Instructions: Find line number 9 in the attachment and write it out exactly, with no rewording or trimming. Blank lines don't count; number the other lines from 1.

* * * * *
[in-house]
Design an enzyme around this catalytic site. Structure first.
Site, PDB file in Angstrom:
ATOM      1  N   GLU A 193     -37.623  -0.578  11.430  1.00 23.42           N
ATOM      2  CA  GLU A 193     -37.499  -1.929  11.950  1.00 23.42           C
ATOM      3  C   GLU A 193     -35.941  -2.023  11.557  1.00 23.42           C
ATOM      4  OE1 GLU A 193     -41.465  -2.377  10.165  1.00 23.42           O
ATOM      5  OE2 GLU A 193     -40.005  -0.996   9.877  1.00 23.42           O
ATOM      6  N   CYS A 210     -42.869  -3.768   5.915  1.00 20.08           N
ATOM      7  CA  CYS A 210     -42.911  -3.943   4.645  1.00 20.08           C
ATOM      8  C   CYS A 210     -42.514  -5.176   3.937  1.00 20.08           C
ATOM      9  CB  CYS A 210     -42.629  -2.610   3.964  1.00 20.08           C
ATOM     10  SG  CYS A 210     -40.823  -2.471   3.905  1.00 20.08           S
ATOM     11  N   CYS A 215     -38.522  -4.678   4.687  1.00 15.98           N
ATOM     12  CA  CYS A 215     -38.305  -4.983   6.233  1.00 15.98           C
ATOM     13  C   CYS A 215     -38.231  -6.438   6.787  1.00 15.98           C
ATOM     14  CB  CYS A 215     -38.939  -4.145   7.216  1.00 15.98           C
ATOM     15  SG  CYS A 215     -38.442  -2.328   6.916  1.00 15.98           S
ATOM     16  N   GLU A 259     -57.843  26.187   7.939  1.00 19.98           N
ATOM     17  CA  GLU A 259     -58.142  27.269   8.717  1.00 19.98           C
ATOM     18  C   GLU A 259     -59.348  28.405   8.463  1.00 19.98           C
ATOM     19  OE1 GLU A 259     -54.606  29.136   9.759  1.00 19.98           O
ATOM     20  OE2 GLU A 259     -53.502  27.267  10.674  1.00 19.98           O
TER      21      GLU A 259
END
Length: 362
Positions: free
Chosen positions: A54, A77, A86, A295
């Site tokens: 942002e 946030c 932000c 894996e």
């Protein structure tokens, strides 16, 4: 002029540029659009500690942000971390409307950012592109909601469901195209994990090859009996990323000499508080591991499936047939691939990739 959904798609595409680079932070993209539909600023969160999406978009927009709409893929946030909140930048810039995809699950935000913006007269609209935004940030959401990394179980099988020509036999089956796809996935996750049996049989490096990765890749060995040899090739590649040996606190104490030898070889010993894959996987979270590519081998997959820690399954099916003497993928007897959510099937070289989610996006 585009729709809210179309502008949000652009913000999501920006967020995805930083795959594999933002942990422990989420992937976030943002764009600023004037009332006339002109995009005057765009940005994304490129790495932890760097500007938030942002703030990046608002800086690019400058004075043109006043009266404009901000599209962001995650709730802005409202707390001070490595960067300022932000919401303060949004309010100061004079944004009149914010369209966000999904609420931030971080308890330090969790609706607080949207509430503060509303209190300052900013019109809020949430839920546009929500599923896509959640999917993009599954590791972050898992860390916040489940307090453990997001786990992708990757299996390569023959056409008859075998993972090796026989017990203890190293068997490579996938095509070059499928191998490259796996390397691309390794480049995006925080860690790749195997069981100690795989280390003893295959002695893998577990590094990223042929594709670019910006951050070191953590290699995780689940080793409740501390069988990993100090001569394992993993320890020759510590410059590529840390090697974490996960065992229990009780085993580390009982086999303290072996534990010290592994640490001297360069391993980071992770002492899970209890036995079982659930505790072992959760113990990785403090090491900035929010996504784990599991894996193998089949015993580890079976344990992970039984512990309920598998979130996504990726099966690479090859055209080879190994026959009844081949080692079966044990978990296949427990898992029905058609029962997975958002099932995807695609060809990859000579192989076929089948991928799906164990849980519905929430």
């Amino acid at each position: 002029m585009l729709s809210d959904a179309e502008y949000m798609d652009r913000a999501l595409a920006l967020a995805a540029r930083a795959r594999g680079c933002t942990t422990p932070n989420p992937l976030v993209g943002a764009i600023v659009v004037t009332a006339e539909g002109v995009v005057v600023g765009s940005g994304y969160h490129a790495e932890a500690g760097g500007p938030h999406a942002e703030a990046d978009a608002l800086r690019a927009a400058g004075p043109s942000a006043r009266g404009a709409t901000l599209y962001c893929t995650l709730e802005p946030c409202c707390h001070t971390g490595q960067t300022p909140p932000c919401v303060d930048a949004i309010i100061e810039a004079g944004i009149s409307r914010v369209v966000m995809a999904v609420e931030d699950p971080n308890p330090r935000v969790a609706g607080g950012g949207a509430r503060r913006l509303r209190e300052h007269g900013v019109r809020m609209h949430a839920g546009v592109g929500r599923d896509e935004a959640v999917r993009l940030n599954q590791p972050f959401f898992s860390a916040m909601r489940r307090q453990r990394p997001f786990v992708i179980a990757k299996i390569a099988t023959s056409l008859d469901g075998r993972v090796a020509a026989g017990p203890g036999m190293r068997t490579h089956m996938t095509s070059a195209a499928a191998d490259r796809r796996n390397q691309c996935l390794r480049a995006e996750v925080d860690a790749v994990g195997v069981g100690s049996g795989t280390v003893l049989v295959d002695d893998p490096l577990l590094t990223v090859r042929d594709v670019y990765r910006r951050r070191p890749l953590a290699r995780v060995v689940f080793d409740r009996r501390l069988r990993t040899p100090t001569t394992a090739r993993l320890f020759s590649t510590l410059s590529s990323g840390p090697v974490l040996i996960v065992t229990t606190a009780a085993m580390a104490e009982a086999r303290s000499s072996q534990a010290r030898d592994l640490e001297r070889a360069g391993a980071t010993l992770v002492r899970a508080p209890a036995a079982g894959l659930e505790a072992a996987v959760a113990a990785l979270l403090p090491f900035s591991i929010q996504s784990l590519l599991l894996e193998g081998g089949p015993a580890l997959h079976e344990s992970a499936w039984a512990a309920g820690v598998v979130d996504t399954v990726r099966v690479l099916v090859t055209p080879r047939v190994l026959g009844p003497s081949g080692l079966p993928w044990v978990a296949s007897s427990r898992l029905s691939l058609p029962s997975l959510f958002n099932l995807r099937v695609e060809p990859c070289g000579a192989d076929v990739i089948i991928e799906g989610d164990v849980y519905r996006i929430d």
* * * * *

ATOM      6  N   CYS A 210     -42.869  -3.768   5.915  1.00 20.08           N